Some 1.4 million people have joined a march demanding independence for the Catalonia region from Spain, Barcelona city police said.
Officials published the figure on Twitter after the demonstration, which marked the start of campaigning for a 27 September regional election billed by Catalan leaders as an indirect vote on independence.
The city police force, which is controlled by city hall, estimated turnout at 1.4 million.
Spanish government officials say half a million people are taking part in the march.
Waving red and yellow Catalan flags, they marched down a major road into the city, yelling "Independence!" while some formed human pyramids - a Catalan folk tradition.
The show of force on Catalan national day came at a time of high political tensions, some three months ahead of a general election in Spain, the eurozone's fourth-biggest economy.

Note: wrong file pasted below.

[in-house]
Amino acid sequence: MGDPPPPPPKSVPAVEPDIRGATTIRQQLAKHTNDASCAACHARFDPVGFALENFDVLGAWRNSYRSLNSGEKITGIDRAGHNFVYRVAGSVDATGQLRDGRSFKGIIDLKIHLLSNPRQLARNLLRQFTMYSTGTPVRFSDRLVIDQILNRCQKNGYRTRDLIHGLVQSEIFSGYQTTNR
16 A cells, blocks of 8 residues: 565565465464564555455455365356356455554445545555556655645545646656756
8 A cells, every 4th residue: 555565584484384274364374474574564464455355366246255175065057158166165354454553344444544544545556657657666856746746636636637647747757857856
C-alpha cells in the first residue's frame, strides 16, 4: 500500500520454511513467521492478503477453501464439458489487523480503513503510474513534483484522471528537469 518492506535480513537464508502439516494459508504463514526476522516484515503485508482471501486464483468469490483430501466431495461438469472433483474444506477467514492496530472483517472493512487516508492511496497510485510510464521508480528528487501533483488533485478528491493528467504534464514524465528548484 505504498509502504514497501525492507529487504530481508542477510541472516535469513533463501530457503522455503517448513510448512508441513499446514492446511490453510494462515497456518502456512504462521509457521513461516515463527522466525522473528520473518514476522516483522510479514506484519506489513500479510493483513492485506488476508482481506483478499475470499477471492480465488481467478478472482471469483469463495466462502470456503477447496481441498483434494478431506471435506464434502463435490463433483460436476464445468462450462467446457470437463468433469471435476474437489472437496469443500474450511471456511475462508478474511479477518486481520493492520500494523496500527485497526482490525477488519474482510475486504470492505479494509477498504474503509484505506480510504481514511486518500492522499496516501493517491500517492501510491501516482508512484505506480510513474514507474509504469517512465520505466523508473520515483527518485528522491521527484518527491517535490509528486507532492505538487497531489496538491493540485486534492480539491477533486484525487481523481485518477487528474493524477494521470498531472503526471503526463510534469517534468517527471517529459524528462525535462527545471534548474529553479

State officials and other authorities did not immediately release their own estimates for turnout in Barcelona, capital of this region which counts 7.5m inhabitants.
Before the rally, organisers had said 500,000 people had signed up to take part.
At last year's Catalan national day demo, Spanish state officials and local authorities gave wildly different turnout figures for the politically-sensitive rally.
Polls this week showed pro-secession candidates could win a majority of seats in the Catalan parliament during this month's vote.
If they win, Catalan president Artur Mas has vowed to push through an 18-month roadmap to secession for the region, which accounts for a fifth of Spain's economy.